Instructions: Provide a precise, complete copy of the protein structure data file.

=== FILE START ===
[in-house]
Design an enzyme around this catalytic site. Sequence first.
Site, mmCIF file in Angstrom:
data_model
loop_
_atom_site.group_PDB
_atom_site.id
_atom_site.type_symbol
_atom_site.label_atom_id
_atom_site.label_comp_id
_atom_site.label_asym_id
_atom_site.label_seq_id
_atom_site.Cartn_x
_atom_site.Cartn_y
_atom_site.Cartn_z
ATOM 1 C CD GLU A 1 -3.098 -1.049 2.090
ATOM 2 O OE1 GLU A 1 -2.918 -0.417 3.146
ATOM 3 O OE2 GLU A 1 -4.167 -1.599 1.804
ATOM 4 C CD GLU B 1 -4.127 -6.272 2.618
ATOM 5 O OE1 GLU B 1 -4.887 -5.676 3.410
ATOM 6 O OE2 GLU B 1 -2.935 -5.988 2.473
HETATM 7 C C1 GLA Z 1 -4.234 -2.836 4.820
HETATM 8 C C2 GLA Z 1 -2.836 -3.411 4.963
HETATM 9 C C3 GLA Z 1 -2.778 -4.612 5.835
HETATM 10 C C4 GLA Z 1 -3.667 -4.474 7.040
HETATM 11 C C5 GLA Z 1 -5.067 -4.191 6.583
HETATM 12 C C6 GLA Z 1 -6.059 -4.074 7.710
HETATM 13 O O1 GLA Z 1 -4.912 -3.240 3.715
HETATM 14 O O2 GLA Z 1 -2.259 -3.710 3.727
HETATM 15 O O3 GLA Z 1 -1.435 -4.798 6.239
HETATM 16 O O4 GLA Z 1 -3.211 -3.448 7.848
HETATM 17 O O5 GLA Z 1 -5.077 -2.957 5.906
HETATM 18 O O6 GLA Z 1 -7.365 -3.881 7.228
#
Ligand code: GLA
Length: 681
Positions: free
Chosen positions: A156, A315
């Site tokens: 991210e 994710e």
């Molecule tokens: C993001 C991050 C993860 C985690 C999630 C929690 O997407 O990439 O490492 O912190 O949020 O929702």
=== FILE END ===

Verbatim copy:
[in-house]
Design an enzyme around this catalytic site. Sequence first.
Site, mmCIF file in Angstrom:
data_model
loop_
_atom_site.group_PDB
_atom_site.id
_atom_site.type_symbol
_atom_site.label_atom_id
_atom_site.label_comp_id
_atom_site.label_asym_id
_atom_site.label_seq_id
_atom_site.Cartn_x
_atom_site.Cartn_y
_atom_site.Cartn_z
ATOM 1 C CD GLU A 1 -3.098 -1.049 2.090
ATOM 2 O OE1 GLU A 1 -2.918 -0.417 3.146
ATOM 3 O OE2 GLU A 1 -4.167 -1.599 1.804
ATOM 4 C CD GLU B 1 -4.127 -6.272 2.618
ATOM 5 O OE1 GLU B 1 -4.887 -5.676 3.410
ATOM 6 O OE2 GLU B 1 -2.935 -5.988 2.473
HETATM 7 C C1 GLA Z 1 -4.234 -2.836 4.820
HETATM 8 C C2 GLA Z 1 -2.836 -3.411 4.963
HETATM 9 C C3 GLA Z 1 -2.778 -4.612 5.835
HETATM 10 C C4 GLA Z 1 -3.667 -4.474 7.040
HETATM 11 C C5 GLA Z 1 -5.067 -4.191 6.583
HETATM 12 C C6 GLA Z 1 -6.059 -4.074 7.710
HETATM 13 O O1 GLA Z 1 -4.912 -3.240 3.715
HETATM 14 O O2 GLA Z 1 -2.259 -3.710 3.727
HETATM 15 O O3 GLA Z 1 -1.435 -4.798 6.239
HETATM 16 O O4 GLA Z 1 -3.211 -3.448 7.848
HETATM 17 O O5 GLA Z 1 -5.077 -2.957 5.906
HETATM 18 O O6 GLA Z 1 -7.365 -3.881 7.228
#
Ligand code: GLA
Length: 681
Positions: free
Chosen positions: A156, A315
């Site tokens: 991210e 994710e």
């Molecule tokens: C993001 C991050 C993860 C985690 C999630 C929690 O997407 O990439 O490492 O912190 O949020 O929702």